A federal appellate court backed a lower court judge, who ruled he had not proven his allegations.
The 3rd U.S. Circuit Court of Appeals asserted that U.S. District Judge Joel A. Pisano of the U.S. District Court for the District of New Jersey was correct when he declared in April 2007 that plaintiff Byron Ward had failed to prove fiduciaries of Avaya Inc.’s defined contribution plans breached their fiduciary duties (see “Court Finds Employees Missed ERISA Fiduciary Breach Case“). Ward charged that the plans should have sold off the communications firm’s stock during a period when the company was experiencing serious financial difficulties.
The appellate panel found that Ward had not overcome a legal standard set by a 3rd Circuit 1995 case that if a plan mandates company stock be offered as an investment option, a fiduciary acts prudently if he or she retains the company stock as an investment option. The appellate judges explained that the prudence presumption set by the 1995 case can be rebutted if a plan participant is able to show that the company is in such a dire financial state that continued investment in the company’s stock would be unreasonable.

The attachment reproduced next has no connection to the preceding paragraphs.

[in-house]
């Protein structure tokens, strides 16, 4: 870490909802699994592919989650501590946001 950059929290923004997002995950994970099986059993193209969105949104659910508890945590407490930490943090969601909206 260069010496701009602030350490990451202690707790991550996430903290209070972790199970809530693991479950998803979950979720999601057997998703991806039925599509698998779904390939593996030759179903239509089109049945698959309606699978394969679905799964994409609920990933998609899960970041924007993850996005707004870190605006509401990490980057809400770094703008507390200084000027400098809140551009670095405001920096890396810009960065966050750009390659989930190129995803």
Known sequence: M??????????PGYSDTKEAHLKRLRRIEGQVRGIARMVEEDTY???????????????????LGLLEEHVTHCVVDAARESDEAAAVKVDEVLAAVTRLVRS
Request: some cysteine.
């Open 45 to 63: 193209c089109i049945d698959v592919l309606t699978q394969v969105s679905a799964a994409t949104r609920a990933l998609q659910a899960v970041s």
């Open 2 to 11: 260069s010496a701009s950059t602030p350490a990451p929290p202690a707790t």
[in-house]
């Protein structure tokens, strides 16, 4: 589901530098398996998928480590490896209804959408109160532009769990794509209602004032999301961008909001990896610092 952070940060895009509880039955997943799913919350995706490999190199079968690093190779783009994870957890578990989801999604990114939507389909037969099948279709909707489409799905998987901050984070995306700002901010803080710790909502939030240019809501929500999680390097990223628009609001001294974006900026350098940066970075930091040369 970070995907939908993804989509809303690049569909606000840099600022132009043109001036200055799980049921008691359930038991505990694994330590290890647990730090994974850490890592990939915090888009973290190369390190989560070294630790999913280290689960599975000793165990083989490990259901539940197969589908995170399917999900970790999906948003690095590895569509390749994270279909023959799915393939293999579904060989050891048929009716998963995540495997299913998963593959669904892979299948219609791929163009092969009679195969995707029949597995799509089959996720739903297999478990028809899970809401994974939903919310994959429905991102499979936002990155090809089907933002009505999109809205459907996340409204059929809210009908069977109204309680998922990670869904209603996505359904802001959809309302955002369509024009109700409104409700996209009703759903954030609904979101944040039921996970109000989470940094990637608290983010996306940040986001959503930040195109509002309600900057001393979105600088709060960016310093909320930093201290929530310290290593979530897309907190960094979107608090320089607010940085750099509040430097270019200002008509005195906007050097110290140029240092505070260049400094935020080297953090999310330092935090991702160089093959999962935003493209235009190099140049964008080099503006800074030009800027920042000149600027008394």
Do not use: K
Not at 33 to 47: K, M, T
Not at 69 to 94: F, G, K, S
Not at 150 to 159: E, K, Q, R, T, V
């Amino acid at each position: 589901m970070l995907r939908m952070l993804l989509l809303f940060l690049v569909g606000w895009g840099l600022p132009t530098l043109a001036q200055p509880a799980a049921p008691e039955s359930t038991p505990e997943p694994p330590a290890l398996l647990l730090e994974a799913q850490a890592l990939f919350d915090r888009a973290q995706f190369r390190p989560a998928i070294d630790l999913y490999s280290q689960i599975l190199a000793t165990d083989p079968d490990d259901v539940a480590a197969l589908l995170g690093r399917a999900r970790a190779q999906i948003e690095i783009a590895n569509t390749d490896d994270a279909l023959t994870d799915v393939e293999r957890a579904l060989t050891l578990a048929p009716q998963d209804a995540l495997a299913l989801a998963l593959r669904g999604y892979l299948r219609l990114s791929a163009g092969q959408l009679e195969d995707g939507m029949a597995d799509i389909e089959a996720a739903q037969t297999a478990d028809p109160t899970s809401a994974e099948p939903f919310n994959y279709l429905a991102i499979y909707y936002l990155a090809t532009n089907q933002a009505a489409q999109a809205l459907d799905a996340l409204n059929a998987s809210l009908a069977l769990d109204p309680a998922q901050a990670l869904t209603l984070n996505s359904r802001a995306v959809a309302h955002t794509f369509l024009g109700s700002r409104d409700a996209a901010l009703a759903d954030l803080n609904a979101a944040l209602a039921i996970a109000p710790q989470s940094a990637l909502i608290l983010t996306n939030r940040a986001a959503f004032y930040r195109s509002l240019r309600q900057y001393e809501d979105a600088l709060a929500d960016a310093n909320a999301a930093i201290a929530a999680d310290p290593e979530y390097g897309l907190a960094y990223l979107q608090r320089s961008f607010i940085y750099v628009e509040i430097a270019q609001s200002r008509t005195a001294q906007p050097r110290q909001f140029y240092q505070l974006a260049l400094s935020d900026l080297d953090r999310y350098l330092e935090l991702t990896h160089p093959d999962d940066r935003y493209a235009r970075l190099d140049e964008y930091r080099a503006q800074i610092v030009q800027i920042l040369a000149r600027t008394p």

In light of that, wrote Circuit Judge Kent A. Jordan for the court, while there was a significant dip in the price of Avaya’s stock during the period covered by Ward’s suit, he was unable to “point to anything other than Avaya’s financial struggles to support his breach of fiduciary duty claim.” Also, according to the court, while Avaya’s stock price dropped significantly, by 2003 and 2004 the stock price had rebounded.
Avaya was established in September 2000 through a spinoff from Lucent Technologies Inc. Employees of Avaya participated in three different defined contribution pension plans, all of which allowed employees to invest in the Lucent Stock Fund and the Avaya Stock Fund. Lucent and Avaya both suffered financially during the first three years following the spinoff.
Jordan said, at most, Ward’s allegations demonstrated that during the period at issue in the case, Avaya was undergoing corporate developments that were likely to have a negative impact on the company’s earnings. “That alone does not suffice to rebut the presumption that the defendants acted within their discretion in refusing to halt or alter the Plan’s investments in Avaya stock,” Jordan wrote.
Jordan asserted: “short-term financial difficulties do not give rise to a duty to halt or modify investments in an otherwise lawful ERISA [Employee Retirement Income Security Act] fund that consists primarily of employer securities.” the appeals court said.
The case is Ward v. Avaya Inc., 3d Cir., No. 07-3246, unpublished 11/13/08.